- Raissa D’Souza, College of Engineering
- Elissa Roeser, College of Engineering
- Jessie Catacutan, College of Engineering
- Juan Diego Díaz, Hemispheric Institute on the Americas
- Charles “Chuck” Walker, Hemispheric Institute on the Americas
- Elizabeth Joh, School of Law
The College of Engineering announced two appointments to its leadership team:
Professor Raissa D’Souza, as the associate dean for research, “will play a central role in advancing the college’s new strategic research vision by developing and overseeing new initiatives across the college and between the college and strategic partners across campus and beyond.”
She succeeds Cristina Davis, professor of mechanical and aerospace engineering, who moved to the Office of Research as the associate vice chancellor of Interdisciplinary Research and Strategic Initiatives.
D’Souza holds appointments in the Department of Computer Science and the Department of Mechanical and Aerospace Engineering. In addition, she is an external professor at the Santa Fe Institute and the Complexity Sciences Hub Vienna. She is the lead editor of Physical Review Research and a member of the Board of Reviewing Editors at Science.
“I am deeply honored and excited for this opportunity to help advance the outstanding research in the college, in particular the transformative research required to tackle society’s grand challenges as laid out in our new strategic vision,” she said. “These are problems that require inherently interdisciplinary thinking, and which have engineering at the core of the solutions.”
In her own research, she uses the tools of statistical physics and applied math to reveal the underlying principles of organization in complex systems, with a focus on the interplay of structure and function in network systems. The resulting theoretical principles provide insights into the behaviors of real-world networks, such as infrastructure networks and social networks and opportunities to identify tipping points and small interventions to control the self-organizing, collective behaviors displayed in these systems.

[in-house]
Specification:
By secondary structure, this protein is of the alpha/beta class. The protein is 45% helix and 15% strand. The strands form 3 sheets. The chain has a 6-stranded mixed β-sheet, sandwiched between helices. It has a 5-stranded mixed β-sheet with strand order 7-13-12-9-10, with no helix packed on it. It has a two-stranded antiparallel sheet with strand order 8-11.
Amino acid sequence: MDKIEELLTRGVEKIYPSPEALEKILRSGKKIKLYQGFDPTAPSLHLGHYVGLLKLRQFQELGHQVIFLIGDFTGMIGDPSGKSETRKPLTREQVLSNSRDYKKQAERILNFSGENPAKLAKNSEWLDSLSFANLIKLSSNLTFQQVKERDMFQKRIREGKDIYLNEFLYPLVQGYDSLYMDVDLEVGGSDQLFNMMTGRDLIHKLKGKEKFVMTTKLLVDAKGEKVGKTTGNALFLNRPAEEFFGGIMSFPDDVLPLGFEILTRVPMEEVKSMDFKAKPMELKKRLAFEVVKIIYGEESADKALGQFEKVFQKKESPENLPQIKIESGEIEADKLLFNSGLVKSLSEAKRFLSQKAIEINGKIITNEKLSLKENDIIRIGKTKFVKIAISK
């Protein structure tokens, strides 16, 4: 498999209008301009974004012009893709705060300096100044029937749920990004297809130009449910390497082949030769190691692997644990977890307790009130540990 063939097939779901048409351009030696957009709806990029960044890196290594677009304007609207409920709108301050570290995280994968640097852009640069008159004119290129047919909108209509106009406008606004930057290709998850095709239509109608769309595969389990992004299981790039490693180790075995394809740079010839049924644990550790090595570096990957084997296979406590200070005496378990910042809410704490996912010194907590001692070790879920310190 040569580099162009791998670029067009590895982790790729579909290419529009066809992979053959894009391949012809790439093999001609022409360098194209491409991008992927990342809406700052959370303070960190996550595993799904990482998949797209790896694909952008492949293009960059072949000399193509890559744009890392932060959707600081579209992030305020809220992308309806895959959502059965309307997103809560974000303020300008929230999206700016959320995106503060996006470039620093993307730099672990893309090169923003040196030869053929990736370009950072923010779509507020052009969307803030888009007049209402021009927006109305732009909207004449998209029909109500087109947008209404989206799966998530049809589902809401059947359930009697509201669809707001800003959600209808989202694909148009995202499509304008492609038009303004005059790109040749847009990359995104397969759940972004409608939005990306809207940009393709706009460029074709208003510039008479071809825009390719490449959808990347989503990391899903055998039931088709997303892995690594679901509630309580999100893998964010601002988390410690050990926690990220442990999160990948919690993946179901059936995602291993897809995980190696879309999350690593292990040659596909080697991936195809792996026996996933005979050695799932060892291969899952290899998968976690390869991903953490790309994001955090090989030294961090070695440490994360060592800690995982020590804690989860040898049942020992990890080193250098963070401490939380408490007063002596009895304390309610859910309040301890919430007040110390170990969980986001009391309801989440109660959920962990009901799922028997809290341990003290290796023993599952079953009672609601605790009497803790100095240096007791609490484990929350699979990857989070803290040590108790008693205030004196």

Elissa Roeser is the new executive assistant dean for administration and finance in the College of Engineering, as of July 1. She has close to 21 years of experience in the UC system, most recently as the assistant dean, chief of staff in the dean’s office of the School of Medicine.
Before joining UC Davis, Roeser spent 18 years at UC San Francisco in financial and administrative leadership roles overseeing clinical, research and educational programs.
Jessie Catacutan is retiring as executive assistant dean on July 19 and will ensure a smooth transition with training and support during Roeser’s first few weeks.
Juan Diego Díaz, associate professor of music, has been named the new director of the Hemispheric Institute on the Americas. He is an ethnomusicologist with a geographic research interest in Africa and its diaspora, particularly Brazil and West Africa.
He succeeds history professor Charles “Chuck” Walker, who has stepped down after 15 years. Walker thanked Diaz for filling in for him as the HIA director last fall when Walker was on leave, and said he is certain the HIA is in good hands.
“It’s been a great adventure for me and an honor,” Walker said in a farewell message. “We did lots of wonderful things, distributing research grants to grad students, sponsoring or supporting an amazing variety of events, mentoring HIA minors, holding an acclaimed ‘movie night’ that people always tell me they miss, and continuing our mission to rethink Latin American and area studies.”
Instead of a goodbye party, Walker said, “we decided to hold a reception in fall to mark Juan Diego’s new position and to bring these different communities together.”
Law professor Elizabeth Joh has been appointed to the Committee on Facial Recognition: Current Capabilities, Future Prospects and Governance, which has been convened under the auspices of the Computer Science and Telecommunications Board of the National Academies of Sciences, Engineering and Medicine. The committee will study facial recognition technologies and develop recommendations for their use to increase public safety and to safeguard privacy, civil liberties, and human rights.
Professor Joh’s scholarship focuses on criminal procedure and policing, with a special emphasis on DNA evidence, undercover policing and new surveillance technologies.
Dateline UC Davis welcomes news of appointments of various kinds for faculty and staff, for publication in Org Chart (formerly titled Transitions). Send information to email@example.com.